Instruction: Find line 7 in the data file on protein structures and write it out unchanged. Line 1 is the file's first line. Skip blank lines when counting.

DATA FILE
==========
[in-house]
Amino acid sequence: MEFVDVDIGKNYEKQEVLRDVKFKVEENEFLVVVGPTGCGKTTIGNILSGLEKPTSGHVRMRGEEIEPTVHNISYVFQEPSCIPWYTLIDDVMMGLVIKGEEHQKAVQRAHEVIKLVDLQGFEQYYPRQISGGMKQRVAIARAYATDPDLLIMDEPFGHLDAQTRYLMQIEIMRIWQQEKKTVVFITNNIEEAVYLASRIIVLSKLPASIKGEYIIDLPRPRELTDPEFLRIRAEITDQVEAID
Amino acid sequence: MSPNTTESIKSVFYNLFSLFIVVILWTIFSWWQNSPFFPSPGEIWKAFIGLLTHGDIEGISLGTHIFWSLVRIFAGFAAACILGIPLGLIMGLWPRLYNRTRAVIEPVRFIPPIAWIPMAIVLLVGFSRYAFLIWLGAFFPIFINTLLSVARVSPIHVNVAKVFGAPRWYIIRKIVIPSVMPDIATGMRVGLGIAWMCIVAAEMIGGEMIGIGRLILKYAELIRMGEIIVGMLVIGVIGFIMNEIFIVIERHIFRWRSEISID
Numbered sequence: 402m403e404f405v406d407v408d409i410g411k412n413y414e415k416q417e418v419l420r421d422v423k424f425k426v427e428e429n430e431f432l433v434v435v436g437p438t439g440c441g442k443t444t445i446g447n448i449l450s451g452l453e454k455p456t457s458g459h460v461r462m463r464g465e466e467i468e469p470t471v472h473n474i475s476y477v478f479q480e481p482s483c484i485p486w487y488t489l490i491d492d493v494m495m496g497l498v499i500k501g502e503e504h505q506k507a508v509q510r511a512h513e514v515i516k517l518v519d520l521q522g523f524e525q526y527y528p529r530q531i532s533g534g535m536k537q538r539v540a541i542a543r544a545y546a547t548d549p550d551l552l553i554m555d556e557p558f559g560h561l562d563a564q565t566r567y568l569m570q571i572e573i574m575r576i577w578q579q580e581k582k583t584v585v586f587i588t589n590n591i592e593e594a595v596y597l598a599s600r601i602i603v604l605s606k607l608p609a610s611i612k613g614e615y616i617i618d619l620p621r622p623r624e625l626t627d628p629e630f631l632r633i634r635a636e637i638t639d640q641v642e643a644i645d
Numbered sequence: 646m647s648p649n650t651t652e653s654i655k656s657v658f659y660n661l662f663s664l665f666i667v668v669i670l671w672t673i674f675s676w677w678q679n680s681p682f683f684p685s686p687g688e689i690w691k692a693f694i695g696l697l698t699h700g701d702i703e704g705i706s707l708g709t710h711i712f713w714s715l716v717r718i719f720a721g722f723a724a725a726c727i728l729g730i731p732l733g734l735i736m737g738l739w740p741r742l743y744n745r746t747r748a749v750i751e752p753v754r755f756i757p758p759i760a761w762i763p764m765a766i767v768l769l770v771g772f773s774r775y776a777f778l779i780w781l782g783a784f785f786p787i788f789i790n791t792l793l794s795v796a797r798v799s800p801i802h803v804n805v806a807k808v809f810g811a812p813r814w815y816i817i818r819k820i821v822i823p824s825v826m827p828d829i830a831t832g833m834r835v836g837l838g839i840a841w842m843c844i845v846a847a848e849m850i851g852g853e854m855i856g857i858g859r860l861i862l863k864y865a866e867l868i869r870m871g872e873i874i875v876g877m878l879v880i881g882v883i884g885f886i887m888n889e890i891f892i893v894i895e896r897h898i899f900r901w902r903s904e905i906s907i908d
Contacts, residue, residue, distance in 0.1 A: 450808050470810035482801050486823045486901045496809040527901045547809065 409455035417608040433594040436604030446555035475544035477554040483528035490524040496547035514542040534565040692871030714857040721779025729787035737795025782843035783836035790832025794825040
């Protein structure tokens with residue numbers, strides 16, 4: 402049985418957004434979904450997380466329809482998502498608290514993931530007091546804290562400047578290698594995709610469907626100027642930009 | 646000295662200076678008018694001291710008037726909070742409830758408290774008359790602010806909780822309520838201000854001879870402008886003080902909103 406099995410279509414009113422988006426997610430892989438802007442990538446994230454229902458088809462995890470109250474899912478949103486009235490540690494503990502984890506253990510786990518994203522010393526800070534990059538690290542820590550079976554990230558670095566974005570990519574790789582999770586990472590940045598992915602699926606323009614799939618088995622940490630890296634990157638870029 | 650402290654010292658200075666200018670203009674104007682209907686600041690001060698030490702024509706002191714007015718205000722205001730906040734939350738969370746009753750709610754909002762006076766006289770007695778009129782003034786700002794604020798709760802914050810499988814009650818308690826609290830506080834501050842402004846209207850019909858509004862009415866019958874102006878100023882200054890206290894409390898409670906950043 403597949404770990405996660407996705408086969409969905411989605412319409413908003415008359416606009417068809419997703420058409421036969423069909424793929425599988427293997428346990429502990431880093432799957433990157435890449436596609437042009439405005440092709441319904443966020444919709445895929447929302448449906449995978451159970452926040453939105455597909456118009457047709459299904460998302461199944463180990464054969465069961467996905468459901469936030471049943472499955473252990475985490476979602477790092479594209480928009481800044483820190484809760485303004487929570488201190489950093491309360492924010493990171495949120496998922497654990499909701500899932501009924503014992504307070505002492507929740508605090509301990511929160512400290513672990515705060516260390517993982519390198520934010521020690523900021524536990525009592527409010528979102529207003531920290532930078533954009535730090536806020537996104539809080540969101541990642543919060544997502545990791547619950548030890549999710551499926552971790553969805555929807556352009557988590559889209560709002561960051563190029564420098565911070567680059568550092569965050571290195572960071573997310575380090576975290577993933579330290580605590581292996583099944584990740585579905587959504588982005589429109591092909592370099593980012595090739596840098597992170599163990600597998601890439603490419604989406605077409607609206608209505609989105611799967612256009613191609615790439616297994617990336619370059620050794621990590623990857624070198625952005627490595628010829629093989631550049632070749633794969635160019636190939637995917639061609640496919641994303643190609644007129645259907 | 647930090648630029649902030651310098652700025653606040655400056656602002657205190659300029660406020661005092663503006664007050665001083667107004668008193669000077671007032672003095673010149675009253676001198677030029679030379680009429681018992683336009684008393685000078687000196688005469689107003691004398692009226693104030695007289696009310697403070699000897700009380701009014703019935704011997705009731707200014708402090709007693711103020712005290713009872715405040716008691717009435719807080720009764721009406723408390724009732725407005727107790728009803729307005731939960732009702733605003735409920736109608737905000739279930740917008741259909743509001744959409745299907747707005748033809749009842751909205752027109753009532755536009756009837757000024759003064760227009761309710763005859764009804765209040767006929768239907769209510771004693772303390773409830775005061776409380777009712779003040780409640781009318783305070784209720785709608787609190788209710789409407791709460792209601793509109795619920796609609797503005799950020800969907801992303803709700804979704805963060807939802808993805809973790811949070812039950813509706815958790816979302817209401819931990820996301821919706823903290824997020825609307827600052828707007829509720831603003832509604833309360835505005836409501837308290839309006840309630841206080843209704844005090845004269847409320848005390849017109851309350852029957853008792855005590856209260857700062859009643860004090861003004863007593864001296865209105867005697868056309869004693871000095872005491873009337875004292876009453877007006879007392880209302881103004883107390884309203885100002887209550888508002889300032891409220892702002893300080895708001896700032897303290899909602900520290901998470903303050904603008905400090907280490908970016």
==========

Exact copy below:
């Protein structure tokens with residue numbers, strides 16, 4: 402049985418957004434979904450997380466329809482998502498608290514993931530007091546804290562400047578290698594995709610469907626100027642930009 | 646000295662200076678008018694001291710008037726909070742409830758408290774008359790602010806909780822309520838201000854001879870402008886003080902909103 406099995410279509414009113422988006426997610430892989438802007442990538446994230454229902458088809462995890470109250474899912478949103486009235490540690494503990502984890506253990510786990518994203522010393526800070534990059538690290542820590550079976554990230558670095566974005570990519574790789582999770586990472590940045598992915602699926606323009614799939618088995622940490630890296634990157638870029 | 650402290654010292658200075666200018670203009674104007682209907686600041690001060698030490702024509706002191714007015718205000722205001730906040734939350738969370746009753750709610754909002762006076766006289770007695778009129782003034786700002794604020798709760802914050810499988814009650818308690826609290830506080834501050842402004846209207850019909858509004862009415866019958874102006878100023882200054890206290894409390898409670906950043 403597949404770990405996660407996705408086969409969905411989605412319409413908003415008359416606009417068809419997703420058409421036969423069909424793929425599988427293997428346990429502990431880093432799957433990157435890449436596609437042009439405005440092709441319904443966020444919709445895929447929302448449906449995978451159970452926040453939105455597909456118009457047709459299904460998302461199944463180990464054969465069961467996905468459901469936030471049943472499955473252990475985490476979602477790092479594209480928009481800044483820190484809760485303004487929570488201190489950093491309360492924010493990171495949120496998922497654990499909701500899932501009924503014992504307070505002492507929740508605090509301990511929160512400290513672990515705060516260390517993982519390198520934010521020690523900021524536990525009592527409010528979102529207003531920290532930078533954009535730090536806020537996104539809080540969101541990642543919060544997502545990791547619950548030890549999710551499926552971790553969805555929807556352009557988590559889209560709002561960051563190029564420098565911070567680059568550092569965050571290195572960071573997310575380090576975290577993933579330290580605590581292996583099944584990740585579905587959504588982005589429109591092909592370099593980012595090739596840098597992170599163990600597998601890439603490419604989406605077409607609206608209505609989105611799967612256009613191609615790439616297994617990336619370059620050794621990590623990857624070198625952005627490595628010829629093989631550049632070749633794969635160019636190939637995917639061609640496919641994303643190609644007129645259907 | 647930090648630029649902030651310098652700025653606040655400056656602002657205190659300029660406020661005092663503006664007050665001083667107004668008193669000077671007032672003095673010149675009253676001198677030029679030379680009429681018992683336009684008393685000078687000196688005469689107003691004398692009226693104030695007289696009310697403070699000897700009380701009014703019935704011997705009731707200014708402090709007693711103020712005290713009872715405040716008691717009435719807080720009764721009406723408390724009732725407005727107790728009803729307005731939960732009702733605003735409920736109608737905000739279930740917008741259909743509001744959409745299907747707005748033809749009842751909205752027109753009532755536009756009837757000024759003064760227009761309710763005859764009804765209040767006929768239907769209510771004693772303390773409830775005061776409380777009712779003040780409640781009318783305070784209720785709608787609190788209710789409407791709460792209601793509109795619920796609609797503005799950020800969907801992303803709700804979704805963060807939802808993805809973790811949070812039950813509706815958790816979302817209401819931990820996301821919706823903290824997020825609307827600052828707007829509720831603003832509604833309360835505005836409501837308290839309006840309630841206080843209704844005090845004269847409320848005390849017109851309350852029957853008792855005590856209260857700062859009643860004090861003004863007593864001296865209105867005697868056309869004693871000095872005491873009337875004292876009453877007006879007392880209302881103004883107390884309203885100002887209550888508002889300032891409220892702002893300080895708001896700032897303290899909602900520290901998470903303050904603008905400090907280490908970016």